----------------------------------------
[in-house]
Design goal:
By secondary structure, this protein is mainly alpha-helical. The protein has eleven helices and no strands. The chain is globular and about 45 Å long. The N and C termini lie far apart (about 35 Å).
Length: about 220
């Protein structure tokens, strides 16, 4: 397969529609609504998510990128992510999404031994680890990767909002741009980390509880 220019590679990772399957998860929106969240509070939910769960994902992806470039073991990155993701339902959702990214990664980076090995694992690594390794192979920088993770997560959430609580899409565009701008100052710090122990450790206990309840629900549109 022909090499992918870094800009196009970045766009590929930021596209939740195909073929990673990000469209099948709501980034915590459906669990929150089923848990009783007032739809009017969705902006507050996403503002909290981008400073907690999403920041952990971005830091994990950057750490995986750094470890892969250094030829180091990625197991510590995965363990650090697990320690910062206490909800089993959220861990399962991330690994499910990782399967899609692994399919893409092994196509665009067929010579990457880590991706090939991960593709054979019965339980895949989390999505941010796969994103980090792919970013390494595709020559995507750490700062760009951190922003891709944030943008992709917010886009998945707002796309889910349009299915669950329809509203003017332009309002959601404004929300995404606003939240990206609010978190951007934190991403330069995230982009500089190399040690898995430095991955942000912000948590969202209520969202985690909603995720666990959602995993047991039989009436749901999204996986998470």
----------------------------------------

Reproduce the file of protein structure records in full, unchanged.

[in-house]
Design goal:
By secondary structure, this protein is mainly alpha-helical. The protein has eleven helices and no strands. The chain is globular and about 45 Å long. The N and C termini lie far apart (about 35 Å).
Length: about 220
């Protein structure tokens, strides 16, 4: 397969529609609504998510990128992510999404031994680890990767909002741009980390509880 220019590679990772399957998860929106969240509070939910769960994902992806470039073991990155993701339902959702990214990664980076090995694992690594390794192979920088993770997560959430609580899409565009701008100052710090122990450790206990309840629900549109 022909090499992918870094800009196009970045766009590929930021596209939740195909073929990673990000469209099948709501980034915590459906669990929150089923848990009783007032739809009017969705902006507050996403503002909290981008400073907690999403920041952990971005830091994990950057750490995986750094470890892969250094030829180091990625197991510590995965363990650090697990320690910062206490909800089993959220861990399962991330690994499910990782399967899609692994399919893409092994196509665009067929010579990457880590991706090939991960593709054979019965339980895949989390999505941010796969994103980090792919970013390494595709020559995507750490700062760009951190922003891709944030943008992709917010886009998945707002796309889910349009299915669950329809509203003017332009309002959601404004929300995404606003939240990206609010978190951007934190991403330069995230982009500089190399040690898995430095991955942000912000948590969202209520969202985690909603995720666990959602995993047991039989009436749901999204996986998470």